The National Geophysical Research Institute research says that the capital’s groundwater levels are depleting at the rate of about 3 m every year – faster than any other major Indian city.
According to the National Geophysical Research Institute’s various studies, the largest groundwater depletion in the world is happening in northern India and Delhi is right at the center of this fast-developing crisis.
“From Delhi, Haryana, Punjab, Western UP and Rajasthan, 32 cubic km of water is being lost every year, which is much more than the usual, and it’s only partially being recovered in successive monsoons,” said Dr Virendra M Tiwari, director of National Geophysical Research Institute (NGRI), which conducted the research. In summers, the strain on underground aquifers is higher. “In a drought year, the extraction in northern India is going up to 100 cubic km,” he said.
He further added that there is no clarity as to how much groundwater is left. With the surge in population and shrinking of surface water resources, the level of water in underground aquifers in the region is falling by over 10 cm per year, research has shown. “And yes, Delhi is the centre of that with several other environmental impacts. Nutrients are dying out, soil type is going bad. It has a huge cascading effect,” Tiwari said in a media interview.
Scientists say that groundwater is being pumped out 70% faster than what the Central Groundwater Board of India estimated earlier. A study says India has constantly utilized groundwater from the onset of the green revolution primarily to ensure food security for its growing population, therefore, making sustainable groundwater management extremely challenging particularly in over-exploited states of Delhi, Punjab, Haryana, Gujarat, Andhra Pradesh, Telangana, and Tamil Nadu.
Last year, The NITI Aayog released the results of a study warning that India is facing its ‘worst’ water crisis in history and that demand for potable water will outstrip supply by 2030 if steps are not taken. Nearly 600 million Indians faced high to extreme water stress and about 2,00,000 people died every year due to inadequate access to safe water.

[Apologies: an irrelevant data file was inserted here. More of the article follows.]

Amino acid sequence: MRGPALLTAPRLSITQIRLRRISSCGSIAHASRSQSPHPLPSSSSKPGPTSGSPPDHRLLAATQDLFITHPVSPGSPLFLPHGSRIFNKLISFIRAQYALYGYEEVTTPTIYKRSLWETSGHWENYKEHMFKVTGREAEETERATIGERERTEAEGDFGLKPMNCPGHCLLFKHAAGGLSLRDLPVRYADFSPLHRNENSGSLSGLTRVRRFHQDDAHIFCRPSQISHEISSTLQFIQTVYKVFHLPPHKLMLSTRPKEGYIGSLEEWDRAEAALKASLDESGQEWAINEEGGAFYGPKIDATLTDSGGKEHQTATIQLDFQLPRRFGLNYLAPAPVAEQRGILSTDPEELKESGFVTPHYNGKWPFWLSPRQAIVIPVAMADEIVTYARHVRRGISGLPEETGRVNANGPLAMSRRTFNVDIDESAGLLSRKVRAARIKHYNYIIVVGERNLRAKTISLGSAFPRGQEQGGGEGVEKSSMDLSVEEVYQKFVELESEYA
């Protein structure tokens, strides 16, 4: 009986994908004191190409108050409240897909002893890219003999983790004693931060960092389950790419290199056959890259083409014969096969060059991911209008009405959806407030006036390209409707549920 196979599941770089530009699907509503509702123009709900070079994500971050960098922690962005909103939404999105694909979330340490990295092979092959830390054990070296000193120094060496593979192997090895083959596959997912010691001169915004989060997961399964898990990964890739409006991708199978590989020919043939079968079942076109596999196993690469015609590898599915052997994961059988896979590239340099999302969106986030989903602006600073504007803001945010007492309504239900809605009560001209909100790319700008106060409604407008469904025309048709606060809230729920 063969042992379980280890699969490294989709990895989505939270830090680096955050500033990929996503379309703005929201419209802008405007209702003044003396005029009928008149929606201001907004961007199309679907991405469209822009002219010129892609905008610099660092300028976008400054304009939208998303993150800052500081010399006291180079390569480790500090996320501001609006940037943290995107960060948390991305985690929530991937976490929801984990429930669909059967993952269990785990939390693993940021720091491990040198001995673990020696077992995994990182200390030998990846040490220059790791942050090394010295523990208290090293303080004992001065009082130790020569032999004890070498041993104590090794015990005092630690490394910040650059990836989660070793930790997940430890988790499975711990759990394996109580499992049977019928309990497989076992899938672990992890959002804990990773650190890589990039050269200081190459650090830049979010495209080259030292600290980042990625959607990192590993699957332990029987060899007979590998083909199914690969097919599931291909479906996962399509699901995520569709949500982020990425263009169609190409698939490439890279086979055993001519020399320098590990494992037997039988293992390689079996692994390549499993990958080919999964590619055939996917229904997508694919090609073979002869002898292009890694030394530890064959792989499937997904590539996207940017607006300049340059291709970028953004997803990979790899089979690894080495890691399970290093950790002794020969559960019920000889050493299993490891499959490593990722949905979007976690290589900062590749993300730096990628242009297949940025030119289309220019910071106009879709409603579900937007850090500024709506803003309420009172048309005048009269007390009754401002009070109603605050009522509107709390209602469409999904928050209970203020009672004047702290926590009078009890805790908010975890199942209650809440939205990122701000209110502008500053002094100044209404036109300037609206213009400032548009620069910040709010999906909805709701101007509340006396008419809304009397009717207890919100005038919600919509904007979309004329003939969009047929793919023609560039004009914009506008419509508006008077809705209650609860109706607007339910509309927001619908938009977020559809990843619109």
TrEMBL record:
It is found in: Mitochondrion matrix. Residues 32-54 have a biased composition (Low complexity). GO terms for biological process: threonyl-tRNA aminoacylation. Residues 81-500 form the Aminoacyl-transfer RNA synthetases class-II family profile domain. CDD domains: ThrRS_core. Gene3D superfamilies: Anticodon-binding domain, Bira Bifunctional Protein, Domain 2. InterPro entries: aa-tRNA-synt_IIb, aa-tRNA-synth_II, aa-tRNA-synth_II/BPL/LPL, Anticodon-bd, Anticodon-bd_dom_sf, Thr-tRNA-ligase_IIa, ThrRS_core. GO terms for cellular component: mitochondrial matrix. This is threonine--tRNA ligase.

It further adds that twenty-one cities, including Delhi, Bengaluru, Chennai, and Hyderabad will run out of groundwater by 2020, affecting 100 million people. The study notes that these 21 cities could face ‘Zero Day’ anytime within two years.
Similar findings could be traced in a report prepared by the Central Ground Water Board (CGWB) and state groundwater departments, which says Delhi is the third most ‘over exploited’ groundwater state in India after Punjab and Rajasthan. The report says that 56% of tehsils in Delhi — analyzed by the government agencies — were found to be overexploited. Out of the 27 tehsils analyzed in Delhi, five were found to be in the ‘safe’ category, seven in ‘semi-critical’ category and remaining 15 under ‘overexploited’ category.
A comparison of depth to water level of August 2018 with decadal mean of August (2008-2017) indicates that more than 50% of the wells analyzed have registered decline in groundwater level, mostly in the range of 0-2 m, in the states/UTs namely Arunachal Pradesh, Assam, Bihar, Chandigarh, Dadra Nagar Haveli, Delhi, Haryana, Kerala, Meghalaya, Pondicherry, Punjab, Rajasthan, Tamil Nadu, Uttar Pradesh and West Bengal– says CGWB.
The water table has been found to be declining more than three meters per year in isolated pockets of New Delhi and northwest districts. A similar trend in groundwater levels has been observed in parts of south, east, northeast, north and northwest districts along the Yamuna and New Delhi, west and southwest districts. In areas close to the Najafgarh drain and industrial sites, the groundwater was found to be polluted as well.